Report | Environment Minnesota Research and Policy Center

Get the Lead Out 2019

Minnesota's children need safe drinking water – especially at school where they go to learn and play each day. Unfortunately, lead is still contaminating drinking water at schools and pre-schools across the state. As our report shows, Minnesota is failing to make the grade when it comes to keeping lead out of drinking water at school. Instead of waiting for more testing, we need to proactively remove the lead pipes and plumbing at the root of this toxic hazard for our children.

Report | Environment Minnesota Research & Policy Center

The State of Recycling in Minnesota

Recycling rates in major cities throughout Minnesota reveal one of the better states in the nation in terms of waste management. Yet, there is still plenty of room for improvement. According to the most recent study, Minnesota’s statewide recycling rate of 43.6 percent eclipses the 2015 national average of 34.7 percent. Part of Minnesota’s success can be attributed to the creation of specific goals and strategies. By 2030, Minnesota plans to achieve a 75 percent recycling rate for counties in the Twin Cities Metro area and a 35 percent rate in Greater Minnesota by 2030.

Report | Environment America Research & Policy Center

Renewables on the Rise 2018

Over the last decade, clean energy has grown by leaps and bounds. Technologies that can help America shift away from fossil fuels — like solar panels, wind turbines, LED light bulbs, energy storage and electric cars — have gone from novelties to core features of the nation's energy landscape.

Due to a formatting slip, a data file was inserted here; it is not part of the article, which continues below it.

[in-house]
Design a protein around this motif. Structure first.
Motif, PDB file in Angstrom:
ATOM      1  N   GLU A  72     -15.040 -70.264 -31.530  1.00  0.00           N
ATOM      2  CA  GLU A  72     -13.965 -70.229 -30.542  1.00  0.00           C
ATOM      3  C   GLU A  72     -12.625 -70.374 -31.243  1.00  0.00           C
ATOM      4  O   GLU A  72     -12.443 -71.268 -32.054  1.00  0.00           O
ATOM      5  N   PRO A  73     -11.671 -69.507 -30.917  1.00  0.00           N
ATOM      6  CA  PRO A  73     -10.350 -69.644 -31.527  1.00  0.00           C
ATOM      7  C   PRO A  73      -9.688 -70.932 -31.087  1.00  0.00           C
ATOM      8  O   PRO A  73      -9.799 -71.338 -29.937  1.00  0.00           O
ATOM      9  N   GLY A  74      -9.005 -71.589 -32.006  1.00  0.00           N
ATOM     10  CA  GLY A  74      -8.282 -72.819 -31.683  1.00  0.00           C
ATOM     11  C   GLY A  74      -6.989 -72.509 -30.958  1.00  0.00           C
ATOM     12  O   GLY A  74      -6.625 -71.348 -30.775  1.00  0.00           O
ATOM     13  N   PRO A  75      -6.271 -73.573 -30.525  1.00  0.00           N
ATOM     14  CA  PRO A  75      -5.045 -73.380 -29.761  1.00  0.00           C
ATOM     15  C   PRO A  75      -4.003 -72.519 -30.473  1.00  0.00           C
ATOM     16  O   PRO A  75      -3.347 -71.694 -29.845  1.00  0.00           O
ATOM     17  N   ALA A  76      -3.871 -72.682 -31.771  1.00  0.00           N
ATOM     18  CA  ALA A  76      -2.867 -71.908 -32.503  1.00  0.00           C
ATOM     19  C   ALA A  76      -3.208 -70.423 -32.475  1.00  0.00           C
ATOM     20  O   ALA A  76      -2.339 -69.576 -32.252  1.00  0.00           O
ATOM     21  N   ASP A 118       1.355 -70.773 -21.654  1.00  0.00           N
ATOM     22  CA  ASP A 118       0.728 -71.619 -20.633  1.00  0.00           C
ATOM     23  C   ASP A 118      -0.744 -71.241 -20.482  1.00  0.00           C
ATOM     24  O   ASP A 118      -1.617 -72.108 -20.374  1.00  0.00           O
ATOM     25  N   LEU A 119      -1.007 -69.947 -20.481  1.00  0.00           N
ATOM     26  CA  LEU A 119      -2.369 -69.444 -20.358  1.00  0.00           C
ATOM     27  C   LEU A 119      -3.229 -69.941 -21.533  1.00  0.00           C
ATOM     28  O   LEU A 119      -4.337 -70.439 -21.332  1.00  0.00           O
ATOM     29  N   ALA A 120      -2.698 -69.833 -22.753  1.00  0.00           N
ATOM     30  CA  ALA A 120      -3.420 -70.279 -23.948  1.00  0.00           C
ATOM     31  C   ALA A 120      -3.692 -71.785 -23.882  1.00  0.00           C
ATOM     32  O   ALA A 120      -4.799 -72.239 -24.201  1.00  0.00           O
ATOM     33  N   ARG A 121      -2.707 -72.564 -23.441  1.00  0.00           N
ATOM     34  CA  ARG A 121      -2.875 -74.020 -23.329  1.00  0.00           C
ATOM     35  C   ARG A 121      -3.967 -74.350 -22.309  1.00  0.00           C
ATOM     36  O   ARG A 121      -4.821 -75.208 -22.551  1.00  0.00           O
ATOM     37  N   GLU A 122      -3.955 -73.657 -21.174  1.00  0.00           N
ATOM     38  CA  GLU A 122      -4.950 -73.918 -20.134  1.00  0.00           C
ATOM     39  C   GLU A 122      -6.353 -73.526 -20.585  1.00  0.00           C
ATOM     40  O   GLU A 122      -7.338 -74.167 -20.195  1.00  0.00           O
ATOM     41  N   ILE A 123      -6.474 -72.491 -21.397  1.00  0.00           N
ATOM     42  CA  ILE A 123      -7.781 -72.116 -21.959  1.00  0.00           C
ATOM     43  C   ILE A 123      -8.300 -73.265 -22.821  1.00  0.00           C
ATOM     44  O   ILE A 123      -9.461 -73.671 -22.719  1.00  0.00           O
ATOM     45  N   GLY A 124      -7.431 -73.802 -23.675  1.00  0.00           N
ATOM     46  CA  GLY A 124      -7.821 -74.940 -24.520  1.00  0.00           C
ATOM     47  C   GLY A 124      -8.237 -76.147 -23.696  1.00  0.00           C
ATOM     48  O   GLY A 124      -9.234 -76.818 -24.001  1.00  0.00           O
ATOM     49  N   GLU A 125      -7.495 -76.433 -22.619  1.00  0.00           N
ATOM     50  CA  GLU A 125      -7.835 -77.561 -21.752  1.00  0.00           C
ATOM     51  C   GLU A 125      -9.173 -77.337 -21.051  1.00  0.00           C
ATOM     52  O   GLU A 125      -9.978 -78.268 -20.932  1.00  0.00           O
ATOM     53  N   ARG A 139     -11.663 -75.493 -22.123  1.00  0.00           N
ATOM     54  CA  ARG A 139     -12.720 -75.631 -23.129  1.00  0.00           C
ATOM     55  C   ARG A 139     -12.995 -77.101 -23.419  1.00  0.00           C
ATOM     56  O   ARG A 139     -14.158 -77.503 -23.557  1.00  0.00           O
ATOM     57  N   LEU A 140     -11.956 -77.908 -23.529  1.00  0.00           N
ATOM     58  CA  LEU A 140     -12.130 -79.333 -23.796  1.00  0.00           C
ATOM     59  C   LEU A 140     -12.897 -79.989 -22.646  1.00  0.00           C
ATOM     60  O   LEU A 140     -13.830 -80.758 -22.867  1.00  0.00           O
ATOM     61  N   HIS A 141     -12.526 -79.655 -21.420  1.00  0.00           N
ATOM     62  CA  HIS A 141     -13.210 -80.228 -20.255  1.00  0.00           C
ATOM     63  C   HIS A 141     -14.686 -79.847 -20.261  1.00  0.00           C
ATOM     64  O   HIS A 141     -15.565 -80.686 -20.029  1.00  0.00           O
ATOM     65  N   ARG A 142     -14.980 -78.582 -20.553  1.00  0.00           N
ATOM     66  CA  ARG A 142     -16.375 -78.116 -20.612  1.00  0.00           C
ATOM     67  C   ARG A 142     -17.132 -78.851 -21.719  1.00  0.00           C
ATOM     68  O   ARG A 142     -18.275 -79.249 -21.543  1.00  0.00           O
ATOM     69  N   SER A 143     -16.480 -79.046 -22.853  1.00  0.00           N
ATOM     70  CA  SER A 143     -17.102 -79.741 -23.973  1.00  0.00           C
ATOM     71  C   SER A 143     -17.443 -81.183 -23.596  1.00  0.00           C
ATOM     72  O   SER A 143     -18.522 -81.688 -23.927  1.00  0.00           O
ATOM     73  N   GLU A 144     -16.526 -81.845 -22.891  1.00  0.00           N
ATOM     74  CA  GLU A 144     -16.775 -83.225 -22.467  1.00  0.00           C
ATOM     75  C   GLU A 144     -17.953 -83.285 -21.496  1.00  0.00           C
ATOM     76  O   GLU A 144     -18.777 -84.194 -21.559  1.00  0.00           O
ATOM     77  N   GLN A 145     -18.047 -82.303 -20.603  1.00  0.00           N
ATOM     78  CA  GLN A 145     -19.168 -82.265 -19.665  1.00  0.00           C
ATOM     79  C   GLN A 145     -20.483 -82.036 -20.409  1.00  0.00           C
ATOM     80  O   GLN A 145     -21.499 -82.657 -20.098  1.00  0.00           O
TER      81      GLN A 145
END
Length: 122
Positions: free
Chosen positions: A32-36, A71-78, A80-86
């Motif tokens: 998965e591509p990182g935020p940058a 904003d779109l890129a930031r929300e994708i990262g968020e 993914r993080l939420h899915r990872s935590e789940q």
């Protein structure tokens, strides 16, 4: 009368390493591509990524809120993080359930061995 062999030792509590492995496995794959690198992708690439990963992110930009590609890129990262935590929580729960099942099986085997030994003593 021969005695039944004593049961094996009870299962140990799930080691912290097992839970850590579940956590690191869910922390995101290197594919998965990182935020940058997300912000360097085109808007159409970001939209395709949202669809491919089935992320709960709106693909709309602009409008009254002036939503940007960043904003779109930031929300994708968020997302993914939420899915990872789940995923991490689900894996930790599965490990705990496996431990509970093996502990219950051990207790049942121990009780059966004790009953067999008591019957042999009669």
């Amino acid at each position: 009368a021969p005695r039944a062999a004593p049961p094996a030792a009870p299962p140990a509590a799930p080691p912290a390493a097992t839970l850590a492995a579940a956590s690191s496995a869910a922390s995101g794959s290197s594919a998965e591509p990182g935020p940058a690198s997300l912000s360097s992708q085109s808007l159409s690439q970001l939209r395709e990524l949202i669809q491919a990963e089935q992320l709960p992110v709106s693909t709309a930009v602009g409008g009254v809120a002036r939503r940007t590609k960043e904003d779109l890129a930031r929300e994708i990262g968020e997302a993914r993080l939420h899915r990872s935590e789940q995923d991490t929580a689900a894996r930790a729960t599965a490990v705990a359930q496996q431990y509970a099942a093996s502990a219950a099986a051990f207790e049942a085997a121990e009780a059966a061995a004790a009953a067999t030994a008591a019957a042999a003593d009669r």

Report | Environment Minnesota

Electric School Buses Can Reduce Kids’ Exposure to Toxic Fumes

Buses play a key role in in our nation’s transportation system, carrying millions of children daily to and from school and moving millions of Americans each day around our cities. Yet, the majority of America’s buses remain dirty – burning fossil fuels like diesel that put the health of our children and communities at risk and contribute to global warming. The good news is that America can clean up its buses by making them electric. All-electric buses are here, and they’re cleaner, healthier and often cheaper for transit agencies, school districts and bus contractors to run in the long-term.

Report | Environment Minnesota

Shining Cities 2018: How Smart Local Policies Are Expanding Solar Power in America

Solar power is expanding rapidly. The United States now has over 53 gigawatts (GW) of solar photovoltaic (PV) capacity installed – enough to power 10.1 million homes and 26 times as much capacity as was installed at the end of 2010.[1] Hundreds of thousands of Americans have invested in solar energy and millions more are ready to join them.

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